January 31, 2011, 3:54 PM — On the back of Samsung Galaxy Tab sales, Android tablets grabbed a 22% share of the world's tablet market last quarter, denting for the first time the iPad's dominance, a research firm said today.
Approximately 9.7 million tablets shipped in the fourth quarter of 2010, up 120% over the previous quarter, said U.K.-based Strategy Analytics.
Apple accounted for 75% of all fourth quarter sales -- impressive, but down from an estimated 95% share in the third quarter, when its iPad accounted for 4.2 million of the 4.4 million tablets sold.
Two weeks ago, Apple said it sold a record 7.3 million iPads in the quarter that ended Dec. 3, 2010.
But the quick climb in Android tablet sales is what caught the eyes of analysts.
"Android tablet volumes experienced 2000% sequential growth and its global market share soared to a record 22% percent in Q4 2010," said Neil Mawson, director at Strategy Analytics, in a statement.
If accurate, the company's estimate means that some 2.2 million Android-based tablets were sold last quarter, a dramatic increase from the 100,000 sold in the previous three months.
Mawson credited Samsung's Galaxy Tab for the booming sales of Android tablets. "The Samsung Galaxy Tab was the main driver of Android's success, as the model was launched in dozens of countries and promoted heavily by Samsung," Mawson said.
Last week, Samsung announced it had sold 2 million Galaxy Tabs in the fourth quarter.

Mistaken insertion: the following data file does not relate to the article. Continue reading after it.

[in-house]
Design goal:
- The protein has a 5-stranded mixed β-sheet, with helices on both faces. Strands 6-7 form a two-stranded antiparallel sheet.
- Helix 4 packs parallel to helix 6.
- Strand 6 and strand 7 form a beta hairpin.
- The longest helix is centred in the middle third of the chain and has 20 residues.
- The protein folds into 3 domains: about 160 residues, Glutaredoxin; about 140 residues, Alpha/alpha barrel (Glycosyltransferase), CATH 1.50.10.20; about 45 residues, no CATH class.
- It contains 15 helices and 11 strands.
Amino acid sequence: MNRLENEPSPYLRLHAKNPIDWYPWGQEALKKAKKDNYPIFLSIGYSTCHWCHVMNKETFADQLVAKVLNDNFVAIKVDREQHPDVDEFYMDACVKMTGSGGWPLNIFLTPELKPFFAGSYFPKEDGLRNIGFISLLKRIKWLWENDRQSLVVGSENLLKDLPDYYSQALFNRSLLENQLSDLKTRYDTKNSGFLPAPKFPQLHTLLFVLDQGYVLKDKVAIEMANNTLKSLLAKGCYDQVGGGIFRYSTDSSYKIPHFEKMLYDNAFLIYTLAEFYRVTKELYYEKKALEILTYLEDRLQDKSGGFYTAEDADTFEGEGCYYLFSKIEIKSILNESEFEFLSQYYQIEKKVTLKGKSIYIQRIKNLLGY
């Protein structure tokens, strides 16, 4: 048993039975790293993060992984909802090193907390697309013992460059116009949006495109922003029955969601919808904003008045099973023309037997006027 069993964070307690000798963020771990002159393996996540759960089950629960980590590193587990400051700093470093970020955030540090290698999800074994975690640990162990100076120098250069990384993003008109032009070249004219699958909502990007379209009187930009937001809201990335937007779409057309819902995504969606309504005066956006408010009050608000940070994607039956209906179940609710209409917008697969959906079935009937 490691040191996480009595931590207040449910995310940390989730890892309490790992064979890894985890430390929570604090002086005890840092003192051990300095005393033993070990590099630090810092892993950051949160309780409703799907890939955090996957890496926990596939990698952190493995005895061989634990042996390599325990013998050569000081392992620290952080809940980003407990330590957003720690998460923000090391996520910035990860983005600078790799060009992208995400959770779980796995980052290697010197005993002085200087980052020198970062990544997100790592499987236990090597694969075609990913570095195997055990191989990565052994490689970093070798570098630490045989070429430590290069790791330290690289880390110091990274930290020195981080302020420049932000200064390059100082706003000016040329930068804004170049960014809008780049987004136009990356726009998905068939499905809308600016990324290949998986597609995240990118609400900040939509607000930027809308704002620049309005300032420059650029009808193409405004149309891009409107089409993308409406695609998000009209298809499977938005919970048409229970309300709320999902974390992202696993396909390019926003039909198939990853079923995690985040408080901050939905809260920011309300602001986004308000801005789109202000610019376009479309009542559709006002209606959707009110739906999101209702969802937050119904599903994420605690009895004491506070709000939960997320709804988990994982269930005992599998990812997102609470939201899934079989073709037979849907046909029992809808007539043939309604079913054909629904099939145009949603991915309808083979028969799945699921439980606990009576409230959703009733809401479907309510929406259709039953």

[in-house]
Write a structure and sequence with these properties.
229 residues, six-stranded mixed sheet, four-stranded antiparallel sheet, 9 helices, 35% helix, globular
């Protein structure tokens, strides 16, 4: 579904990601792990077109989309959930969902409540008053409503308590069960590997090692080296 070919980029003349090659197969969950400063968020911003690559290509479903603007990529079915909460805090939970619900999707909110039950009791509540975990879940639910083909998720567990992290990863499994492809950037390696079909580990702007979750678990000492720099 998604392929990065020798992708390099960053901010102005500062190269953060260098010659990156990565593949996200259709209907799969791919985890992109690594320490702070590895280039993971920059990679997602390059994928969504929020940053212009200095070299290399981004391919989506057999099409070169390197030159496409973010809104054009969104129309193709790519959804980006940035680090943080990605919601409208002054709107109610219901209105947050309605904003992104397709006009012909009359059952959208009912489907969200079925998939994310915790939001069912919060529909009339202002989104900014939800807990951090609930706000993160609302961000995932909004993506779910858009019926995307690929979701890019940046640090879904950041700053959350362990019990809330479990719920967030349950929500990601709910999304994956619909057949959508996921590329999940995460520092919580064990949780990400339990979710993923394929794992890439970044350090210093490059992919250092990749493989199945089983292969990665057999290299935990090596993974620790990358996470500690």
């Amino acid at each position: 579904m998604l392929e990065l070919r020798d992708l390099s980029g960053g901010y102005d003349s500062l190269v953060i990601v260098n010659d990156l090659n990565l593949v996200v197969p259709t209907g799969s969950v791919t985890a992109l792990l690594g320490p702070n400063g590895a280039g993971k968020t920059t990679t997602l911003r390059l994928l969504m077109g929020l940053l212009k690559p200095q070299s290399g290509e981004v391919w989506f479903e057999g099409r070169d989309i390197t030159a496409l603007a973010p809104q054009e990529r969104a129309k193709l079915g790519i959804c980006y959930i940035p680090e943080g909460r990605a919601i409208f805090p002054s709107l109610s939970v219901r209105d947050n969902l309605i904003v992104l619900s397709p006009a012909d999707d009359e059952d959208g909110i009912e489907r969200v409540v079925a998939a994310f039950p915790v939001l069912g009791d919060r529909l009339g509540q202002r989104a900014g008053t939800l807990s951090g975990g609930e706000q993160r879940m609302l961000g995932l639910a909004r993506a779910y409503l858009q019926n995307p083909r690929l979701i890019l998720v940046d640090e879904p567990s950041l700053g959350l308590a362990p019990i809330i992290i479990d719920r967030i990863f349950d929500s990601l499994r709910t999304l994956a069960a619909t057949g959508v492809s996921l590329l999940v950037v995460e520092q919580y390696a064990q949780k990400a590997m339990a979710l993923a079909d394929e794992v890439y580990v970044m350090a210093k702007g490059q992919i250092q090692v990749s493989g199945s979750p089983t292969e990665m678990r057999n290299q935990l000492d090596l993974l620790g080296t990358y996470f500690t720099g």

The Galaxy Tab offers a smaller 7-in. screen than the 9.7-in. display of the iPad. In the U.S., Verizon sells the Tab for $500 with a month-to-month data plan, while Sprint prices the tablet at $300 when customers sign up for a two-year data contract.
Apple's Wi-Fi only iPad starts at $499, and its WI-Fi/3G model begins at $629.
Although Android made gains in the fourth quarter, during 2010 the operating system accounted for just 13% of all tablets sold. Apple's share for the year was 84%.
Mawson did not put a number on Android or iOS shares for 2011, saying only that, "We expect Android to increase share of the global tablet market during the first half of 2011."
Susan Kevorkian, a research director at U.S. firm IDC, declined to disclose her company's estimates for fourth quarter tablet sales, saying that it would release its numbers in March.